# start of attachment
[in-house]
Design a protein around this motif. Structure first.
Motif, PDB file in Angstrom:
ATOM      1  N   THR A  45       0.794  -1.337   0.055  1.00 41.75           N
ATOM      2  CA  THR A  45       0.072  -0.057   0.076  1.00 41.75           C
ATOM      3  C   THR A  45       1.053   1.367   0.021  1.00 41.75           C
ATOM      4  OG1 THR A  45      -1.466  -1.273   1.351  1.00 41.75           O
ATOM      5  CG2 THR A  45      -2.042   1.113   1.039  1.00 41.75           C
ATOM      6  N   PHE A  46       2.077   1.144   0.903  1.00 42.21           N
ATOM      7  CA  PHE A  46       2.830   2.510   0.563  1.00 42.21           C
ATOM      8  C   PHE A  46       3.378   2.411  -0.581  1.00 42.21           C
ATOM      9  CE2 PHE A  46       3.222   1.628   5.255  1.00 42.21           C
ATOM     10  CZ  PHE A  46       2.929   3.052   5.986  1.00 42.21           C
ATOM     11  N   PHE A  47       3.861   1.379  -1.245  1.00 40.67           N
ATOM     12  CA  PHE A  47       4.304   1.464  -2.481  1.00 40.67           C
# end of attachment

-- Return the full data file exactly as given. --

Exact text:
[in-house]
Design a protein around this motif. Structure first.
Motif, PDB file in Angstrom:
ATOM      1  N   THR A  45       0.794  -1.337   0.055  1.00 41.75           N
ATOM      2  CA  THR A  45       0.072  -0.057   0.076  1.00 41.75           C
ATOM      3  C   THR A  45       1.053   1.367   0.021  1.00 41.75           C
ATOM      4  OG1 THR A  45      -1.466  -1.273   1.351  1.00 41.75           O
ATOM      5  CG2 THR A  45      -2.042   1.113   1.039  1.00 41.75           C
ATOM      6  N   PHE A  46       2.077   1.144   0.903  1.00 42.21           N
ATOM      7  CA  PHE A  46       2.830   2.510   0.563  1.00 42.21           C
ATOM      8  C   PHE A  46       3.378   2.411  -0.581  1.00 42.21           C
ATOM      9  CE2 PHE A  46       3.222   1.628   5.255  1.00 42.21           C
ATOM     10  CZ  PHE A  46       2.929   3.052   5.986  1.00 42.21           C
ATOM     11  N   PHE A  47       3.861   1.379  -1.245  1.00 40.67           N
ATOM     12  CA  PHE A  47       4.304   1.464  -2.481  1.00 40.67           C